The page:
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Vegan Replacent For Mozzarella In Bread Recipe

 
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PostPosted: Mon Jun 22, 2015 7:13 am    Post subject: Vegan Replacent For Mozzarella In Bread Recipe Reply with quote

A gluten free bread recipe only has 6 ingredients - tapioca flour, milk, oil, egg, salt & mozzarella. I can replace the milk with vegan (coconut cream and or nut based) milk with comparable fat/protein content. Flax and or chia seeds can replace the egg.

Mozzarella is proving to be more of a challenge. It is a significant part of the recipe both in amount (in ratio to other ingredients) and texture of final product. Any recommendation for vegan substitute, with comparable fat, protein, carb ratio? Or, should I focus more on finding a substitute that has a comparable texture to Mozza? Vegan cheese didn't work according to others, and I would like to avoid using soy or wheat (obviously to be gluten free) based products.

Stumped, please help!
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PostPosted: Mon Jun 22, 2015 7:16 am    Post subject: *replacement Reply with quote

typo
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Dilbert



Joined: 19 Oct 2007
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Location: central PA

PostPosted: Mon Jun 22, 2015 1:01 pm    Post subject: Reply with quote

I have no vegan cooking experience - so keep that in mind....

a Bing search for "vegan mozzarella" turned up pages and pages of hits. whether any of them are worth eating,,,, can't say.

when following a (fill in the blank) diet and looking for substitutes and replacements, one is usually better off looking for taste & texture to make the dish work - and eat something else to makeup for any "shortages" encountered. even for not-on-a-diet-routine people, pizza is not precisely "health food"

trying for taste/texture/nutrients all in the same sub is likely quite tricky, no?
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PostPosted: Mon Jun 22, 2015 3:39 pm    Post subject: Reply with quote

Thanks for the thoughtful comment, Dilbert. I tend to agree for substitutions in cooking which is more forgiving, but baking is a precise science (you probably already know this, and that's why I'm here). For eg when making a scramble or fried rice, you can easily replace the protein without overly worrying about scientific composition - shrimp for bacon for tofu, or even leave it out and add spinach. Baking requires more thought to conversion. Replacing soaked flax seeds for egg works in precise time tested amounts; replacing coconut flour for AP flour requires reworking the liquid-to-flour ratio because coconut flour is a LOT more absorbent. Mess with composition in conversion and the finished product will fail. There is no time tested baking substitution for mozzarella. Sadly.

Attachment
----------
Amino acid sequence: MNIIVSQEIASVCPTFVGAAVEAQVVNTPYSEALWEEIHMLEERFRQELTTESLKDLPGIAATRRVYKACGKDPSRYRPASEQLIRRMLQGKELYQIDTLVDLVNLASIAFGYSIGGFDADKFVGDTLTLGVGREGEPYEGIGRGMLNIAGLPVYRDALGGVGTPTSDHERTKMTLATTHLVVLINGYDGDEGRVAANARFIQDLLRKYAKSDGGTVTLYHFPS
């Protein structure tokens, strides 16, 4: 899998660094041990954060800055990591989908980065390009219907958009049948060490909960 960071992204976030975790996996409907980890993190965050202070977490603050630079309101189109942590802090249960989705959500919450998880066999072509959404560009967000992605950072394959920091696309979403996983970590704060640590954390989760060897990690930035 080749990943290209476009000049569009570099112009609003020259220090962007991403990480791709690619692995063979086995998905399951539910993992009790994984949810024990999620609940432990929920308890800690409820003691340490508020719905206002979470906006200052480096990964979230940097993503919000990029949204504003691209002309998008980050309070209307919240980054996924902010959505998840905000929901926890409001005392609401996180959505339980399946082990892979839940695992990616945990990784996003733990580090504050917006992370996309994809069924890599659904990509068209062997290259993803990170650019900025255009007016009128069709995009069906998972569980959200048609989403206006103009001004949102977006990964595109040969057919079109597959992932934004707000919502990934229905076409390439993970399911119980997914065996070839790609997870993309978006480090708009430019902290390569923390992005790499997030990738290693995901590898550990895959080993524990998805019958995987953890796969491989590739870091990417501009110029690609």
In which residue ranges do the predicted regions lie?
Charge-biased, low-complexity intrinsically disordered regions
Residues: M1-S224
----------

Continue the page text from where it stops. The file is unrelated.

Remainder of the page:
A little more background - for this bread, mozzarella does add mild cheesy-milky flavor but it also gives the final product elasticity and a distinct tooth-feel. For this particular product I want to preserve that distinct texture, over taste (I can add a sprinkle of nutritional yeast for cheesy taste but can easily do without). My guess is the original product developer chose to use mozzarella as opposed to cheddar or parm in part for the mildness.

I could try a vegan cheese which most closely mimics mozzarella in composition but the bigger challenge is finding vegan cheese not containing soy or wheat.

Thought to do some background research before getting in the kitchen since "test baking" often results in inedible results, which can prove wasteful and costly ...
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Dilbert



Joined: 19 Oct 2007
Posts: 1074
Location: central PA

PostPosted: Mon Jun 22, 2015 4:06 pm    Post subject: Reply with quote

well, not sure pizza is such an exact thing (g) - folks make a lot of variants.

an smooth melting cheese/sub would be good. I've used provolone, feta, fontinella, munster.....

unfortunately I have no experience creating substitutes of your need so I really can't help with that.
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